Hands-on The New IWC Pilot’s Watch Timezoner Chronograph “80 Years Flight To New York”

Celebrating the 80th anniversary of Antoine de Saint Exupéry’s historic flight across the Atlantic, with a dual-time chronograph pilot's watch.

calendar | ic_dehaze_black_24px By Brice Goulard | ic_query_builder_black_24px 4 minute read |
IWC Pilot's Watch Timezoner Chronograph 80 Years Flight To New York Saint Exupery - IW395003

The IWC Schaffhausen Pilot’s Watch Timezoner Chronograph might not be the most coveted watch in the brand’s pilot collection and still, it is certainly one of the most relevant… Why, you might well ask? For the main reason that it combines two of the most practical features for such a watch; a flyback chronograph and a clever dual-time function actuated by the bezel. Today, as we celebrate the 80th anniversary of Antoine de Saint Exupéry’s historic flight across the Atlantic (and because IWC is a partner of the Antoine de Saint Exupéry Youth Foundation), the brand unveils a new limited-edition Pilot’s Watch Timezoner Chronograph “80 Years Flight To New York”.

The Latécoère 521 “Lieutenant de Vaisseau Paris”, piloted by Henri Guillaumet and with Antoine de Saint Exupéry onboard, was the first plane to make a non-stop flight across the North Atlantic in July 1939.

In addition to breaking records as a pilot, Antoine de Saint Exupéry made aviation history as a passenger too. Travelling onboard the Latécoère 521 “Lieutenant de Vaisseau Paris” in July 1939, the aviator and writer took part in the flying boat’s first non-stop crossing of the North Atlantic in just 28 hours and 27 minutes – pilot Henri Guillaumet flew 5,875 km (3,651 mi) from New York City to Biscarrosse (on the French coast) at an average speed of 206 km/h (127 mph), including 2,300 km (1,400 mi) with one engine out.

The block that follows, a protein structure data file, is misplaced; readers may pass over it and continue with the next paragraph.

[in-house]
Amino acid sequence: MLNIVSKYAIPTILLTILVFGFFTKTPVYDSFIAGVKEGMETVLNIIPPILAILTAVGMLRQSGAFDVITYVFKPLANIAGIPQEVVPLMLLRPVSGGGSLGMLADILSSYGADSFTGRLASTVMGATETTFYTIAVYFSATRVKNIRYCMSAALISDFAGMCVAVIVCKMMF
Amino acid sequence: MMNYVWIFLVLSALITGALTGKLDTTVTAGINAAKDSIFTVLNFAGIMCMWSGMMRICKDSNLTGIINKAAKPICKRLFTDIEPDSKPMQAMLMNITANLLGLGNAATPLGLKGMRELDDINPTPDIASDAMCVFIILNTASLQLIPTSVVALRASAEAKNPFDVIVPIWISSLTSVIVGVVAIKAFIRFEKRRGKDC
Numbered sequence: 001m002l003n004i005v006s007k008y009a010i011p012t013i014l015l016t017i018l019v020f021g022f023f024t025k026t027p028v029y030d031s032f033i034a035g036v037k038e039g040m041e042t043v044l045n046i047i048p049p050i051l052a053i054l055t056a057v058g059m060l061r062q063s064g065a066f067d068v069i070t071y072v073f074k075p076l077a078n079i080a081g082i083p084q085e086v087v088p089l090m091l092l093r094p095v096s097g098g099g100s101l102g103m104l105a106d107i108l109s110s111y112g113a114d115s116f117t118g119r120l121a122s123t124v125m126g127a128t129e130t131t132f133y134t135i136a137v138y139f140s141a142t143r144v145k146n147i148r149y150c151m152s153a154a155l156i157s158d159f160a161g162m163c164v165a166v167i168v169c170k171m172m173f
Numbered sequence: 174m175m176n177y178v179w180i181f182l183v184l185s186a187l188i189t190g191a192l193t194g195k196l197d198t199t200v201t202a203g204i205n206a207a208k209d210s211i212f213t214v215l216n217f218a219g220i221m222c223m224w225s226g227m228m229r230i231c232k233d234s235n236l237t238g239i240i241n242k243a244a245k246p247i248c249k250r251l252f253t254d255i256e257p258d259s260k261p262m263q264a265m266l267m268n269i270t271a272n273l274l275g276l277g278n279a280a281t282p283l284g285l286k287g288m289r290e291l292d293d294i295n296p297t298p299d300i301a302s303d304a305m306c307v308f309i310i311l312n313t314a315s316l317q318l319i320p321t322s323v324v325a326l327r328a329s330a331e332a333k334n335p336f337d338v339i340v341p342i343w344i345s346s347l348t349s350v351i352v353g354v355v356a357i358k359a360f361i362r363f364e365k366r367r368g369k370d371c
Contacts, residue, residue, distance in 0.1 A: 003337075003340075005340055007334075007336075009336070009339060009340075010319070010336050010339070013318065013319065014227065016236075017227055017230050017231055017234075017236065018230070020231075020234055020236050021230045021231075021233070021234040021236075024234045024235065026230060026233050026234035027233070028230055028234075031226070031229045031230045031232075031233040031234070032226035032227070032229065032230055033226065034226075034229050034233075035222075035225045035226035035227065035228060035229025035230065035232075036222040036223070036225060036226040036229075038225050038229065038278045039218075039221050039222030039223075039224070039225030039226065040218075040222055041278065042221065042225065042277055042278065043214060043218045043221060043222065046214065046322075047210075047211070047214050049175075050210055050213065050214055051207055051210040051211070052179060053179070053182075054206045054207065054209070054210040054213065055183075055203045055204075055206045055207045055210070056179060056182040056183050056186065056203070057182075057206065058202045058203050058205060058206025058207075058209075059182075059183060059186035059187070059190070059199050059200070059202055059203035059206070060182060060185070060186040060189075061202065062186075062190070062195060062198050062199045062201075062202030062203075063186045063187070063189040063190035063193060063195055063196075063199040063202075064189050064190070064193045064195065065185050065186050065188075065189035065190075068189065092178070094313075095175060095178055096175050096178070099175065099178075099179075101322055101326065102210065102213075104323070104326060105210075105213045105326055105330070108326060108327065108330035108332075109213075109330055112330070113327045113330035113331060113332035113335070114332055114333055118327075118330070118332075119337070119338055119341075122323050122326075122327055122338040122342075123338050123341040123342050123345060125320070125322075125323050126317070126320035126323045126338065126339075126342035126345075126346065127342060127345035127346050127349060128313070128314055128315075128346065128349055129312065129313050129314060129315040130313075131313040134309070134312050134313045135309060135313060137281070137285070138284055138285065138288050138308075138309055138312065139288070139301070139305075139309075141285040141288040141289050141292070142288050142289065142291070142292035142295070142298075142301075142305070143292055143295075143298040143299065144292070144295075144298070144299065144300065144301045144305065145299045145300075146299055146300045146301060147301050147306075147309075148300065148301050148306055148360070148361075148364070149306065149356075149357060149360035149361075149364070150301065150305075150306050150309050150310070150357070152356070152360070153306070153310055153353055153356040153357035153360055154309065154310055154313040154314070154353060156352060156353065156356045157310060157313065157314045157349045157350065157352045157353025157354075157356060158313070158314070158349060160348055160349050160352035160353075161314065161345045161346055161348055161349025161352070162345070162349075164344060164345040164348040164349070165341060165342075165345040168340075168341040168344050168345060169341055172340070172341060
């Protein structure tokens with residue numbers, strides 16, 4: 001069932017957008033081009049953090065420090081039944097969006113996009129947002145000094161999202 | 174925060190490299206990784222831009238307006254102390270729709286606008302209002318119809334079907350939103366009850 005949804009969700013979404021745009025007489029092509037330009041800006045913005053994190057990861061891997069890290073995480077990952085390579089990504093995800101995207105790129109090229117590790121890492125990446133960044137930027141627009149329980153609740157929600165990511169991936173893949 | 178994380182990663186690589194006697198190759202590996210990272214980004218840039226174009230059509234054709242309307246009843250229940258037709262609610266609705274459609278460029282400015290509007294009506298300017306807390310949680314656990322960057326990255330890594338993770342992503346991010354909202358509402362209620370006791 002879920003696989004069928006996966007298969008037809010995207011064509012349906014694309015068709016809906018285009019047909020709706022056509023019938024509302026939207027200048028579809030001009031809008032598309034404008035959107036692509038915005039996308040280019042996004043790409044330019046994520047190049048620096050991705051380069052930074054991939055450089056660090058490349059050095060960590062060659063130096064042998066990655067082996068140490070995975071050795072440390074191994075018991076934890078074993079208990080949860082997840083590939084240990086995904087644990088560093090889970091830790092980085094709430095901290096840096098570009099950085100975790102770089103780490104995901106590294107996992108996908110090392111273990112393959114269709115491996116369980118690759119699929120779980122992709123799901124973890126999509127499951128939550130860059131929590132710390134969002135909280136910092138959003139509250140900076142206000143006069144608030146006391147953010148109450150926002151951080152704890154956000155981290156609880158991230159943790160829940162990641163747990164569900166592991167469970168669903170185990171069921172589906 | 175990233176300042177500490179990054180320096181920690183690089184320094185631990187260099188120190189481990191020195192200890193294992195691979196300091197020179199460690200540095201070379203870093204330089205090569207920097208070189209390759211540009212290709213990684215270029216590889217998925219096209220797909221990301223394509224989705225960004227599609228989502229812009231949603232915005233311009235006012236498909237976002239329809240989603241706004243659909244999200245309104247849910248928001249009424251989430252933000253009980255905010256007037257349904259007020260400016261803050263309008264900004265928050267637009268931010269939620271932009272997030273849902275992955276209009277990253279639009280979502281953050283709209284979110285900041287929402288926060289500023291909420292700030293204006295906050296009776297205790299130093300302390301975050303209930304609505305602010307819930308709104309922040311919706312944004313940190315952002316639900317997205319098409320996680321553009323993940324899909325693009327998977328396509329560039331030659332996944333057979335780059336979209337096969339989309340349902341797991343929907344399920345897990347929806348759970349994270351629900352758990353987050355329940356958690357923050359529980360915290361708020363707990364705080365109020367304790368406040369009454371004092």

The IWC Timezoner Chronograph combines two of the most practical in-flight complications: flyback and dual time.

Celebrating the anniversary of Saint Exupéry’s participation in this epic flight, IWC Schaffhausen launches an 80-piece limited edition of one of its most complex yet most relevant watches in the Pilot’s collection, the Timezoner Chronograph. This watch, which appeared in 2016, had only existed with a black dial and had remained rather discreet until now. Celebrating a time-zone-crossing flight was the perfect occasion to bring back this watch to the forefront.

IWC Pilot's Watch Timezoner Chronograph 80 Years Flight To New York Saint Exupery - IW395003

The IWC Pilot’s Watch Timezoner Chronograph is a bold, sizeable watch with true pilot’s credentials, but not like a Big Pilot’s Watch and its B-Uhr roots. It relies on a combination of two complications that are known to be very useful for aviators. First is a chronograph with a flyback “retour en vol” function, which allows to stop-reset the chronograph by just pressing the pusher at 4 o’clock, and is used for various in-flight calculations.

IWC Pilot's Watch Timezoner Chronograph 80 Years Flight To New York Saint Exupery - IW395003